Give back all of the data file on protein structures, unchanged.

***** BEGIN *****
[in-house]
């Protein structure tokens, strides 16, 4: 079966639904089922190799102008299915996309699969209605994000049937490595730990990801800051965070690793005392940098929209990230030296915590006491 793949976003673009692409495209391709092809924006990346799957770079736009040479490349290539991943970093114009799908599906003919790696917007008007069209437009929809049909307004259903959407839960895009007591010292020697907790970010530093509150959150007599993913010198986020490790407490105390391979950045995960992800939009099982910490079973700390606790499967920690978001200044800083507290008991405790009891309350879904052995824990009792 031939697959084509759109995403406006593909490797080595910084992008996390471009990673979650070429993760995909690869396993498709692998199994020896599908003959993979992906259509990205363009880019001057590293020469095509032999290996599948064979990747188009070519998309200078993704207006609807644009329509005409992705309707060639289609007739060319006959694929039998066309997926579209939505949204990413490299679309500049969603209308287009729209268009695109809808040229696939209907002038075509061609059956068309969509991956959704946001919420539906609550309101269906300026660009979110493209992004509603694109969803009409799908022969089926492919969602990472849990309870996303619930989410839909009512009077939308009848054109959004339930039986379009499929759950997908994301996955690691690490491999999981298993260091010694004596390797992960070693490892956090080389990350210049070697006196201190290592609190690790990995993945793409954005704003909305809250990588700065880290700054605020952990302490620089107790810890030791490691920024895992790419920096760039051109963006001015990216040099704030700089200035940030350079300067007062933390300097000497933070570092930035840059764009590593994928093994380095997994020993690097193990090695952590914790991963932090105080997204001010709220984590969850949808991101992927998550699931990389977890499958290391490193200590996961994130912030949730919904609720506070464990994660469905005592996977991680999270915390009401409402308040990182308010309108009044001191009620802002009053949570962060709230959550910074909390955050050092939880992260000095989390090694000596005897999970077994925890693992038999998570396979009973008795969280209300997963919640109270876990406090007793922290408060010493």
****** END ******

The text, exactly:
[in-house]
């Protein structure tokens, strides 16, 4: 079966639904089922190799102008299915996309699969209605994000049937490595730990990801800051965070690793005392940098929209990230030296915590006491 793949976003673009692409495209391709092809924006990346799957770079736009040479490349290539991943970093114009799908599906003919790696917007008007069209437009929809049909307004259903959407839960895009007591010292020697907790970010530093509150959150007599993913010198986020490790407490105390391979950045995960992800939009099982910490079973700390606790499967920690978001200044800083507290008991405790009891309350879904052995824990009792 031939697959084509759109995403406006593909490797080595910084992008996390471009990673979650070429993760995909690869396993498709692998199994020896599908003959993979992906259509990205363009880019001057590293020469095509032999290996599948064979990747188009070519998309200078993704207006609807644009329509005409992705309707060639289609007739060319006959694929039998066309997926579209939505949204990413490299679309500049969603209308287009729209268009695109809808040229696939209907002038075509061609059956068309969509991956959704946001919420539906609550309101269906300026660009979110493209992004509603694109969803009409799908022969089926492919969602990472849990309870996303619930989410839909009512009077939308009848054109959004339930039986379009499929759950997908994301996955690691690490491999999981298993260091010694004596390797992960070693490892956090080389990350210049070697006196201190290592609190690790990995993945793409954005704003909305809250990588700065880290700054605020952990302490620089107790810890030791490691920024895992790419920096760039051109963006001015990216040099704030700089200035940030350079300067007062933390300097000497933070570092930035840059764009590593994928093994380095997994020993690097193990090695952590914790991963932090105080997204001010709220984590969850949808991101992927998550699931990389977890499958290391490193200590996961994130912030949730919904609720506070464990994660469905005592996977991680999270915390009401409402308040990182308010309108009044001191009620802002009053949570962060709230959550910074909390955050050092939880992260000095989390090694000596005897999970077994925890693992038999998570396979009973008795969280209300997963919640109270876990406090007793922290408060010493």